Boğaziçi started its semester later than the others this year. Therefore, it was very close to our exams in January. In the middle of the night, when the students learned that the trustee appointment had been made, we tried to understand what was going on. It was a very rapidly developing process. The organization at that time was rushed. A protest that was publicly announced was held right in front of the South Gate of the campus. Everyone was called to that. I was with my family in Izmit at that time, but I tried to monitor it by watching five different live broadcasts. The students were chanting their slogans, singing, dancing and protesting. Later, a forum was held in the north campus. Then, they wanted to go to the south campus again. It was reported that Melih Bulu was on the south campus. With the arrival of Bulu, there was an incredible police blockade. Nobody was allowed to enter the south campus at first. Later they started to admit students, but this time neither the graduates nor those who came to support, who were not from Boğaziçi University, could. Some could get in, some couldn't. There was tension there too.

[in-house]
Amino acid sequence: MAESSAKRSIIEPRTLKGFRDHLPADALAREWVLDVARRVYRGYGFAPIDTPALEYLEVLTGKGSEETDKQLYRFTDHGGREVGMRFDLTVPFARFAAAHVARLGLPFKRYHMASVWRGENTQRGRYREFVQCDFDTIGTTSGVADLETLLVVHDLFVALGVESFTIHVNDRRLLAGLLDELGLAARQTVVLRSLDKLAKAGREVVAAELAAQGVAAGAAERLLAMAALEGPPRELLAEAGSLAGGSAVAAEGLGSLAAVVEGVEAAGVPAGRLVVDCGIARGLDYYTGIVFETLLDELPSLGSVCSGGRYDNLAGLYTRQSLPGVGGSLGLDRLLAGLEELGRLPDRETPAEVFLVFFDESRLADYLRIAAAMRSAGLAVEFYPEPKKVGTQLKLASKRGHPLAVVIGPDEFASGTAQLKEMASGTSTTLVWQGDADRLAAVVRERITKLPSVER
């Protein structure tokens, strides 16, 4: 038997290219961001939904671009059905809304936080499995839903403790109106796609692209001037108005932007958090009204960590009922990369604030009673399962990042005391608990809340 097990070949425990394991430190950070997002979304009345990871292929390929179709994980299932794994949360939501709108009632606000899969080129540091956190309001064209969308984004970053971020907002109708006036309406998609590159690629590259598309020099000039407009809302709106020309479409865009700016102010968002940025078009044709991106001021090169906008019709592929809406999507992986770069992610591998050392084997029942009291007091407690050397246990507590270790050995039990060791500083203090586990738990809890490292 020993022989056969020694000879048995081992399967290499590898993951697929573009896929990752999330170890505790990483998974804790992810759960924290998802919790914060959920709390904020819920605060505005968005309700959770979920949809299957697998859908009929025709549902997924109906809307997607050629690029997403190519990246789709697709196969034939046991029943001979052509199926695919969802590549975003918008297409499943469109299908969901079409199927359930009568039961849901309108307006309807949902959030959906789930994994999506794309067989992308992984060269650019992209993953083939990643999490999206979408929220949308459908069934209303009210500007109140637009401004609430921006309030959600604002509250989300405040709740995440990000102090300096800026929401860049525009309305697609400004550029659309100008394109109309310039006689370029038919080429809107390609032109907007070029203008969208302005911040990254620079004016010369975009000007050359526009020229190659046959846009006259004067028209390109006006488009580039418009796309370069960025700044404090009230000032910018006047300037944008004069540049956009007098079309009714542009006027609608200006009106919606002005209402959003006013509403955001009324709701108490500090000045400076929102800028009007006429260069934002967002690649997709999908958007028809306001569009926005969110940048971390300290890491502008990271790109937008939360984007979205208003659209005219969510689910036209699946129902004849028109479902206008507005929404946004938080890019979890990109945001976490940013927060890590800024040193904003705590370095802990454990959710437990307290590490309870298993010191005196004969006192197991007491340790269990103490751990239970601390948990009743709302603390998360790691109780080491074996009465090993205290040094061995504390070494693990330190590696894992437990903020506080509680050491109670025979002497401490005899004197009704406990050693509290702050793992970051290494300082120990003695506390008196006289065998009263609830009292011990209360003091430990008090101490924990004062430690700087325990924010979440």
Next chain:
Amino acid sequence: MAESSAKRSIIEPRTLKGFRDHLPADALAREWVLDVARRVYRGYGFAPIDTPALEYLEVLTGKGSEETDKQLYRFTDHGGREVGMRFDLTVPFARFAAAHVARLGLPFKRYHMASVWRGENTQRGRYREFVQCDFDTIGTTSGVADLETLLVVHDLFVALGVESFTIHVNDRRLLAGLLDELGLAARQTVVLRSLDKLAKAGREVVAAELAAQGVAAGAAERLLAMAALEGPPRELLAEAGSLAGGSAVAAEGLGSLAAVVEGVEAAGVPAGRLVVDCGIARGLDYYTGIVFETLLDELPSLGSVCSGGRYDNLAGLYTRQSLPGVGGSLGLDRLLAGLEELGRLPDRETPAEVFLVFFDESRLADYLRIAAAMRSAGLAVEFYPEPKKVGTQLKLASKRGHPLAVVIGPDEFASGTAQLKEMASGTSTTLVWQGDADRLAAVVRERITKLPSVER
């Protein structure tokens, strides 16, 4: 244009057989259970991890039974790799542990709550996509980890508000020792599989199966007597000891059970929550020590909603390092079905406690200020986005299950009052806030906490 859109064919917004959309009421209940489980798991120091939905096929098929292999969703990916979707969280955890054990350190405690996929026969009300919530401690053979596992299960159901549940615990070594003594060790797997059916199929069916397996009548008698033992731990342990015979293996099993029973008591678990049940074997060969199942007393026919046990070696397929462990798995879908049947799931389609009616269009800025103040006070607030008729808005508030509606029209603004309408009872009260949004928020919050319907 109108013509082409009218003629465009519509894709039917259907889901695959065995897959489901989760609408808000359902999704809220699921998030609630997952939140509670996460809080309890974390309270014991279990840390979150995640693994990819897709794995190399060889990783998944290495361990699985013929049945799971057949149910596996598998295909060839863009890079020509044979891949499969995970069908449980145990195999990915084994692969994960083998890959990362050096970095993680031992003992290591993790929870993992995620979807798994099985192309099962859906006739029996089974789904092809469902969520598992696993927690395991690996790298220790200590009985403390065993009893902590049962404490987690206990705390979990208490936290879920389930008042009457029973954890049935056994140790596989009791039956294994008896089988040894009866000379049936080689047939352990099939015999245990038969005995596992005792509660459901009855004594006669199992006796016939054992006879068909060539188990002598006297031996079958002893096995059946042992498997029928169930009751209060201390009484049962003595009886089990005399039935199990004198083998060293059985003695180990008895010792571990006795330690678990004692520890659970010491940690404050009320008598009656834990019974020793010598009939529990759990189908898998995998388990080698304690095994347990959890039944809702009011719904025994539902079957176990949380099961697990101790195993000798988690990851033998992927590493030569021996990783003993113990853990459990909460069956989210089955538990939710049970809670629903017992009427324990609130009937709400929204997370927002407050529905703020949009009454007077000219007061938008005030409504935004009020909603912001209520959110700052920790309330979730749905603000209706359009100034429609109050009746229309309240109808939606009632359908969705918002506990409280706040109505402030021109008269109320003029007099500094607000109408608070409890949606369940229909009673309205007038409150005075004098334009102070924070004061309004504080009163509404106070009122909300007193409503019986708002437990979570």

The next day we learned that what happened was exaggerated beyond belief. They tried to overshadow the resistance with outrageous news… We learned from the newspapers that “folk dances were performed with the DHKP-C marches”. The march they were talking about is a version of Ruhi Su's song… The government has set up such a system that when people start talking about a topic, they were smearing someone with the newspapers and broadcasting organizations they have. While the war in Syria got heated up and Turkey intervened, a mail sent by BÜLGBTİ+ covered by newspapers like Akit, Yeni Şafak to target us. We saw a similar cama similar campaign against the Istanbul Convention. They targeted the LGBTI+'s during the Boğaziçi incidents. LGBTI+'s, especially Havin and Yıldız, were targeted. Then it came to the rainbow flags in the demonstrations. Again, the mentioned newspapers made news of them. These issues were being discussed within the school too. In school, we heard things like "Let's not move away from our purpose, let's stay on our main subject". But our main subject is the thing we call trusteeship, something that concerns us all. We saw from Mehmed Özkan what was the attitude of trustees against LGBTI+'s. Therefore, there is nothing more natural than LGBTI+ participation in these protests from the very first day. Of course, we will participate in a subject that is very relevant to us. Here I see an effort to create a common enemy. Esra Aşan has explained this strategy very well in the Istanbul Convention event we organized earlier. The government sees LGBTI+ as an identity that it can position against a large part of society. And it moves forward by constantly targeting it, creating a duality. It did the same at Boğaziçi University.